Apparently the prosecutor is just listing things that have been submitted to her; she has not even begun an investigation.

It is interesting that the PA jumps to defend the idea of paying salaries to terrorists, and doesn't even mention or deny the other charge of torture.



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  • Friday, December 06, 2019
  • Elder of Ziyon
Ever since November 25,  when the UK's Chief Rabbi wrote an article for The Times of London about how toxic a Labour government would be for Jews, there has been daily coverage in the British press about antisemitism in Labour under Jeremy Corbyn.

The most recent bombshell was the leak yesterday of  the Jewish Labour Movement dossier into the party's handling of antisemitism allegations that was submitted to the UK  Equality and Human Rights Commission.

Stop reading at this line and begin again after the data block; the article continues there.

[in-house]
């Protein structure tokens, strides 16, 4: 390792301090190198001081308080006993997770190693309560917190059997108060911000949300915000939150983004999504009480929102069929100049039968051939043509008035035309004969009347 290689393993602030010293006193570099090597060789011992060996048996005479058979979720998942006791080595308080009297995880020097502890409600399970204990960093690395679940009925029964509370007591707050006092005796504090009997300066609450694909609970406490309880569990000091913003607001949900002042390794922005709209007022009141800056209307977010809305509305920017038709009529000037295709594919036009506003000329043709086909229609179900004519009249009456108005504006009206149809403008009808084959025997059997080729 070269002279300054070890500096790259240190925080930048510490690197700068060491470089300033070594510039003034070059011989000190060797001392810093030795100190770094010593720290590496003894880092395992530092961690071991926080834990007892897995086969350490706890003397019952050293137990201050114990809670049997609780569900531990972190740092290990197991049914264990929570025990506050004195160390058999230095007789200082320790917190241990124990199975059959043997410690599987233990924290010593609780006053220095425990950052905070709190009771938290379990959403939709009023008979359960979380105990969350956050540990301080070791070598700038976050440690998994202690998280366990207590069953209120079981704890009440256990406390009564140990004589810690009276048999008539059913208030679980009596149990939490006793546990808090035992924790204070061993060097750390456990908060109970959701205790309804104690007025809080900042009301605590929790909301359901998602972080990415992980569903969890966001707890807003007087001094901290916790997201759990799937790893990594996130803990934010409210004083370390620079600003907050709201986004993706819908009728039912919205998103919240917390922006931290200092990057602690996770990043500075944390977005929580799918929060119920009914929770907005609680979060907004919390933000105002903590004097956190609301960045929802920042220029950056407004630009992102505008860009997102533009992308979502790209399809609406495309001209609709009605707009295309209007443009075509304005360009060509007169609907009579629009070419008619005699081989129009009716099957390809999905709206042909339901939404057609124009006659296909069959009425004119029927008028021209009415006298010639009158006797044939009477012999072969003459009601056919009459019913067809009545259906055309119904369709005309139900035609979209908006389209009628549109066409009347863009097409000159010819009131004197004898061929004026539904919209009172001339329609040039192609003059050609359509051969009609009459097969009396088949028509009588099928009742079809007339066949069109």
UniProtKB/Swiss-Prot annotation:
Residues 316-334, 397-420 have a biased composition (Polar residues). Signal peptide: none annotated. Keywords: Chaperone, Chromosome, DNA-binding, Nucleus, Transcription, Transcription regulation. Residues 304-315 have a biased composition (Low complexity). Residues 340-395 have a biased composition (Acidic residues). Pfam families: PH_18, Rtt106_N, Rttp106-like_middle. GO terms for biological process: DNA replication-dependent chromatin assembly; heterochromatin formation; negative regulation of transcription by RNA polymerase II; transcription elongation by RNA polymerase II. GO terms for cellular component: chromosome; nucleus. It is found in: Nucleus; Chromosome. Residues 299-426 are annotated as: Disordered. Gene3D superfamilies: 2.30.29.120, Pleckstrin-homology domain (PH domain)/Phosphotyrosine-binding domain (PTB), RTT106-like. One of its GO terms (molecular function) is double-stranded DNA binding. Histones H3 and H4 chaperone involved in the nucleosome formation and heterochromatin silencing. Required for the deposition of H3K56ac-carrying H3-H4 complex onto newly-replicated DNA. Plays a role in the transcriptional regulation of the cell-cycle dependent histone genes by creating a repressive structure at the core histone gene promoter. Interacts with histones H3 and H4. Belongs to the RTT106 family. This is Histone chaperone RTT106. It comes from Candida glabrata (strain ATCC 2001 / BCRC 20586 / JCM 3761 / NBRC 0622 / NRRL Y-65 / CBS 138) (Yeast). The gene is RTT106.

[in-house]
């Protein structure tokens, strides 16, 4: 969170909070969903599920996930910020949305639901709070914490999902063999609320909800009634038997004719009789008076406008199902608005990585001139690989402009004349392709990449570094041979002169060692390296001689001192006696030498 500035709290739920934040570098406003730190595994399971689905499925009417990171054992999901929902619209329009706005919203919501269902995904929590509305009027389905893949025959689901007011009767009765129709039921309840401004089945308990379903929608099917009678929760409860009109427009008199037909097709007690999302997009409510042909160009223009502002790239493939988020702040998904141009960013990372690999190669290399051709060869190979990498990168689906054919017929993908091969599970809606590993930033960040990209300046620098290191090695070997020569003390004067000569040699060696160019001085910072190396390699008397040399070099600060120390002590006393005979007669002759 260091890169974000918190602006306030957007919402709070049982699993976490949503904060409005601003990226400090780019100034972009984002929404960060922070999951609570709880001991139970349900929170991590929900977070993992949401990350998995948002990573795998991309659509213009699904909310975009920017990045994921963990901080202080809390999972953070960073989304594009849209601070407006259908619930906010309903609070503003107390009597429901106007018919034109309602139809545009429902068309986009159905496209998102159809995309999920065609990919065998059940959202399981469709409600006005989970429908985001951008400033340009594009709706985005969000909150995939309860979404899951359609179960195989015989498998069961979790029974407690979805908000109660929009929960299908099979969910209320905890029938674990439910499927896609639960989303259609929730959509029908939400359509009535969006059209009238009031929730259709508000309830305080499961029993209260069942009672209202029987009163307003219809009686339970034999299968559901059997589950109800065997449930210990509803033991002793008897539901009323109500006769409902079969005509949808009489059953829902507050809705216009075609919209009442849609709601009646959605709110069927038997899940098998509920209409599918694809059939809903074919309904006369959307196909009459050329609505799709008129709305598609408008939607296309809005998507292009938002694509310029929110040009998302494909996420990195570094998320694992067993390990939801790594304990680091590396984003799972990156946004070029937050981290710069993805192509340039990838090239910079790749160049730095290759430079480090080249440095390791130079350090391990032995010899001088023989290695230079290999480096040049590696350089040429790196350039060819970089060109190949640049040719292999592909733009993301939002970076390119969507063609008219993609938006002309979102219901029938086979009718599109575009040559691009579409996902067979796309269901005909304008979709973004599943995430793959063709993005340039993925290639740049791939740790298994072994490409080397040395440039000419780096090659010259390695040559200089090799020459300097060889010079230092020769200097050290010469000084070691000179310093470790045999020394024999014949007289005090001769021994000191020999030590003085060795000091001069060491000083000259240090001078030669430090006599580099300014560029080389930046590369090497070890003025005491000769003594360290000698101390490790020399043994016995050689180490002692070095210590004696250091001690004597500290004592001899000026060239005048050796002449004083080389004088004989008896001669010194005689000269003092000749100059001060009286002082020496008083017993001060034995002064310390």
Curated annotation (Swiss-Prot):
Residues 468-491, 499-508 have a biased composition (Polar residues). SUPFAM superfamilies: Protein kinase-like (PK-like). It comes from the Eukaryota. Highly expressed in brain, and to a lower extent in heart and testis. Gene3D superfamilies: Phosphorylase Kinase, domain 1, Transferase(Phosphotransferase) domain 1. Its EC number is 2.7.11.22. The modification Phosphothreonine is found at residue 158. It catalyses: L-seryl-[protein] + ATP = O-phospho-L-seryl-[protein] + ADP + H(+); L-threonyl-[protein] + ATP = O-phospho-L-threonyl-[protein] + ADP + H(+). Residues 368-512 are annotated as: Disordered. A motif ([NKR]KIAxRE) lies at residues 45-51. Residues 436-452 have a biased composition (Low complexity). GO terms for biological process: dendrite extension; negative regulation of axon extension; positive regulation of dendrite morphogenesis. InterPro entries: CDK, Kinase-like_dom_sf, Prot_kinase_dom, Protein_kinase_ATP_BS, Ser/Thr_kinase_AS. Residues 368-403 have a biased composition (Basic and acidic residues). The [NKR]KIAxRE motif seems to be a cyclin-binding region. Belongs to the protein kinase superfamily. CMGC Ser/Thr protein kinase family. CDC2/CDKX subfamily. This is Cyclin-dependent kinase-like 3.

Among the revelations by Labour members in that document:

One respondent who listed 22 examples of antisemitic abuse at party meetings where he was called “child killer”, “Zio scum”, and “Tory Jew” as well as being told “Hitler was right” and that he was “good with money”.
Another who witnessed a comment at a ward meeting that “the only reason we have prostitutes in Seven Sisters is because of the Jews”.
One member reported that other members defended an individual when they said it was “over-representation of Jews in the capitalist ruling class that gives the Israel-Zionist lobby its power”.
A parliamentary candidate who described a councillor being told by a fellow member to go home and count their money after being deselected.
A speaker at a fringe event at the 2017 Labour conference asserting the right to discuss whether the Holocaust happened.
One respondent reported that the membership secretary in South Tottenham, north London, objected to 25 applications for membership from the ultra-Orthodox Jewish community, and required home visits to these prospective members’ houses.